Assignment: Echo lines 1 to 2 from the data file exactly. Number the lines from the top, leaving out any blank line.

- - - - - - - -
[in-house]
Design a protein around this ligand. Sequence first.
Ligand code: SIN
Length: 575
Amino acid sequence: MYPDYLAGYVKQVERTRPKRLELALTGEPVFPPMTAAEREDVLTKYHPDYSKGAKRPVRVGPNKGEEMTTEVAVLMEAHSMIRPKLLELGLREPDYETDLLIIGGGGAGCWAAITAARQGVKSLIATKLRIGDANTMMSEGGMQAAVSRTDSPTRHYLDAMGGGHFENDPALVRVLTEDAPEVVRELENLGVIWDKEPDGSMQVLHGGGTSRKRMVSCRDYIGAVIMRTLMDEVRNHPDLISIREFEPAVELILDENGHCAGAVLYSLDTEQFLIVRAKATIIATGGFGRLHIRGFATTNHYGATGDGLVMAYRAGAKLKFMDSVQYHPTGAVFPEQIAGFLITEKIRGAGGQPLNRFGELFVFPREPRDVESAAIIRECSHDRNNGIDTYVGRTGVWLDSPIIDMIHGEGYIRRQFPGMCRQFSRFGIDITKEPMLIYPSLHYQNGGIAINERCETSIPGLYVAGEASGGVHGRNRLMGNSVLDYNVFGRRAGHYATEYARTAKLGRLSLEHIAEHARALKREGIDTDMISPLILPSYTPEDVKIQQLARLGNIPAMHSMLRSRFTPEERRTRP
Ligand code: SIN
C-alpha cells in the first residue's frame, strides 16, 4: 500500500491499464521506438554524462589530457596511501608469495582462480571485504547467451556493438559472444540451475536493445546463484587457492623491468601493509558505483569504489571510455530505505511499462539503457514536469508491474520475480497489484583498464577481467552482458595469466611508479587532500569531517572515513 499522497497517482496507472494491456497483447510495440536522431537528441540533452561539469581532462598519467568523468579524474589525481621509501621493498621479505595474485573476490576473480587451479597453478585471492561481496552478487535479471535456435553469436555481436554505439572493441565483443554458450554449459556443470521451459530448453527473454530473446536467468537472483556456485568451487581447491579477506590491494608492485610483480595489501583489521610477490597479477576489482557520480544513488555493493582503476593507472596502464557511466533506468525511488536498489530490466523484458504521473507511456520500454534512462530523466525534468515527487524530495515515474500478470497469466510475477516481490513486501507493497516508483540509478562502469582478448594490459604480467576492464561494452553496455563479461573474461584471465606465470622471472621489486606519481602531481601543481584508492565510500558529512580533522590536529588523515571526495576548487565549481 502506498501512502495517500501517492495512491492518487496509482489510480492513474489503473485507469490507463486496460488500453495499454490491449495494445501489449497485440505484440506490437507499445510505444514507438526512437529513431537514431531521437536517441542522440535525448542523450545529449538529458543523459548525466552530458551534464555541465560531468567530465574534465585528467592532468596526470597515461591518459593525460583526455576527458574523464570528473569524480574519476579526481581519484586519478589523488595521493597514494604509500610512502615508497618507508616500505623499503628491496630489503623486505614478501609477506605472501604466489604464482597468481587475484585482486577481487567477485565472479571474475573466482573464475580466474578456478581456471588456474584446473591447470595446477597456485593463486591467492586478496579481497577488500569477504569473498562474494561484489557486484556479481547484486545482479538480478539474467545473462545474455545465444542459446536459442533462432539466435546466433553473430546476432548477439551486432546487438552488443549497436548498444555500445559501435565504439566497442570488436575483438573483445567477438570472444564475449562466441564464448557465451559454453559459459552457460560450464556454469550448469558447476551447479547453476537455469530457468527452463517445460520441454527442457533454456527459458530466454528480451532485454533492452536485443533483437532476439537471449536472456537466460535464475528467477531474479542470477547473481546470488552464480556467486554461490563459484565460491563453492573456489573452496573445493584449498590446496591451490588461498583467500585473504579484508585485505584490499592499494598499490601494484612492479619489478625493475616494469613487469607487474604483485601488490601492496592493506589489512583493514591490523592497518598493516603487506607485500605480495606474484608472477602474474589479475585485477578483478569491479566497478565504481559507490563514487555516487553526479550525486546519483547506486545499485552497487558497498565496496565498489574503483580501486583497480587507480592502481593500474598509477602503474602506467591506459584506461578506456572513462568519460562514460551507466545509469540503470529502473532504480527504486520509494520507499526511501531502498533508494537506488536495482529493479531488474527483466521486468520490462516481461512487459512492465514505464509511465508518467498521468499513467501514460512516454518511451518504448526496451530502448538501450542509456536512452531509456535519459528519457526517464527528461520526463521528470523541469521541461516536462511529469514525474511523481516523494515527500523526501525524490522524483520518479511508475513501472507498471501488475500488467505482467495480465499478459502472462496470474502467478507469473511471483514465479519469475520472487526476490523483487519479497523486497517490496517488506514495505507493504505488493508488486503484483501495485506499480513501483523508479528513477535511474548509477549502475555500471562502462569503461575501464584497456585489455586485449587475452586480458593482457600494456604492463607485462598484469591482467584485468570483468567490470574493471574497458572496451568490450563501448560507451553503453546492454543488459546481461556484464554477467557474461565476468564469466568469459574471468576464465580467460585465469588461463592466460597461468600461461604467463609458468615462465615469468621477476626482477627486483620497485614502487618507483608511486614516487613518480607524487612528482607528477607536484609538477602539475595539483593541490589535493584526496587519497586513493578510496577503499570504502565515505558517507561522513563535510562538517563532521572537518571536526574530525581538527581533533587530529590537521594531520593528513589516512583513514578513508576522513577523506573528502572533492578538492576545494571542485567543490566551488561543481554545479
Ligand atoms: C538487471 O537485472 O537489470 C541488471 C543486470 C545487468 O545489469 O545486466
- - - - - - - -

[in-house]
Design a protein around this ligand. Sequence first.